Dallas Rangemaster Treble Booster

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The Dallas Rangemaster Treble Booster was an effects unit made for guitarists in the 1960s. Its function was two-fold: to increase the signal strength of the guitar going into the amplifier, and to increase tones at the high end of the spectrum (a treble booster).

The need for a treble booster arose in the mid-1960s as British tube amplifiers such as the Vox AC30 or Marshall JTM45, tended to produce a slightly dark, muddy sound when overdriven, particularly when used with humbucking pickups. A pre-amplifier that also boosted treble proved a solution. Additionally the vintage components in the Rangemaster circuitry could add characteristic distortion and overtones to color the guitar sound, much in the way of the more modern overdrive pedals.

History and description[edit]

The Rangemaster Treble Booster was first made in the 1960s by London company Dallas Musical Ltd., incorporated in 1959. It made guitars and amplifiers under different brand names, including Dallas, Shaftesbury, and Rangemaster. The Rangemaster's engineer is unknown.[1]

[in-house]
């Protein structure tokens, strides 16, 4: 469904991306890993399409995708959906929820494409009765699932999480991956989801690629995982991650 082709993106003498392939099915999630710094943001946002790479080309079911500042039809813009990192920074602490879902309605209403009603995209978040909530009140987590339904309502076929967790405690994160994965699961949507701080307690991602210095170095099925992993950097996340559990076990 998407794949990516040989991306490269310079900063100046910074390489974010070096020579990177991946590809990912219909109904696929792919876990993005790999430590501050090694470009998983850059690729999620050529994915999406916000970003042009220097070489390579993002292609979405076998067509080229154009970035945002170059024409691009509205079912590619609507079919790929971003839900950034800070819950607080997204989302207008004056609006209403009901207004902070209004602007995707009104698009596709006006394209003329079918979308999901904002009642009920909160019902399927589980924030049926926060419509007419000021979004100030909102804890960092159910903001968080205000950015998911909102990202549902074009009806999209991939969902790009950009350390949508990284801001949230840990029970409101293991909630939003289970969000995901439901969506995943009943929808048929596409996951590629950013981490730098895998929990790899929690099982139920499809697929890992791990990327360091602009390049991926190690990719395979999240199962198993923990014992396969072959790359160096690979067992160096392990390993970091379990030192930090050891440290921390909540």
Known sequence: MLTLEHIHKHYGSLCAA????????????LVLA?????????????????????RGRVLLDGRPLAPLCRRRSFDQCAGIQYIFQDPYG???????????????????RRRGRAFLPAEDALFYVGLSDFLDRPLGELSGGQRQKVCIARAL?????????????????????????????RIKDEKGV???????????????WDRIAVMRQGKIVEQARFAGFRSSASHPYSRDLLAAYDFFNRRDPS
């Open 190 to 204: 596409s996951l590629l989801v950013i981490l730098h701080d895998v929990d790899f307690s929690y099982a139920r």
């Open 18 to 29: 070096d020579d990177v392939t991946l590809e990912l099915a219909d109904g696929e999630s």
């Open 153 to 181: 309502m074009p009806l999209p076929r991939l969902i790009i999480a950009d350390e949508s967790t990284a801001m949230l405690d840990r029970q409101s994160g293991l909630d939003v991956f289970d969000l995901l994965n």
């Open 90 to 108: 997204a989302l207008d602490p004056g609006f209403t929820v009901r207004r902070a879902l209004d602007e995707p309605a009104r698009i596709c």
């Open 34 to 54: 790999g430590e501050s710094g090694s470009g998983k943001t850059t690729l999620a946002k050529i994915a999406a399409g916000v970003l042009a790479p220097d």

The unit is simple, and consists of a grey metal box with an on/off switch, a potentiometer for the booster setting, and in- and output jacks. It is made to stand on top of an amplifier rather than on the floor. Besides the potentiometer (usually 10k, sometimes 20k) and the on/off switch, the circuitry contains one germanium transistor, four capacitors, three resistors, and a battery. The transistor was a Mullard or unbranded OC44 or Mullard OC71.[1]

By the 1980s Treble Boosters had gone out of fashion. How many Rangemaster Treble Boosters were built is unknown. Due to limited supply on the second hand market they are collectible, even if the going rate is only a fraction of what it used to be in the mid-2000s. In Premier Guitar, Kenny Rardin describes his quest for one of the effects, which started with puzzlement over how Eric Clapton and Ritchie Blackmore achieved their tone; he spent years looking for a Rangemaster.[2]

Other notable users, whose sound depended heavily on the Rangemaster include Rory Gallagher, Brian May, Tony Iommi,[3] Marc Bolan and Billy Gibbons.[4]

Rumours of Eric Clapton having used a Rangemaster during his stint with John Mayall's Blues Breakers have never been confirmed. Photos of the recording sessions of the "Blues Breakers With Eric Clapton" exist, but a Rangemaster Treble Booster is not visible in any of them. It is assumed the rumours started in the late 90's when clones of the Rangemaster Treble Booster began to appear.

References[edit]

  1. ^ a b Dregni, Michael (September 2014). "The Dallas Rangemaster". Vintage Guitar. pp. 46–49.
  2. ^ Rardin, Kenny (19 March 2007). "The Rangemaster". Premier Guitar. Retrieved 19 July 2014.
  3. ^ Hunter, Dave (2013). 365 Guitars, Amps & Effects You Must Play. MBI. p. 139. ISBN 9781610587945.
  4. ^ Piera, Mike. "Analog Man Beano Boost". aNaLoG.MaN Guitar Effects. Retrieved 2018-01-22.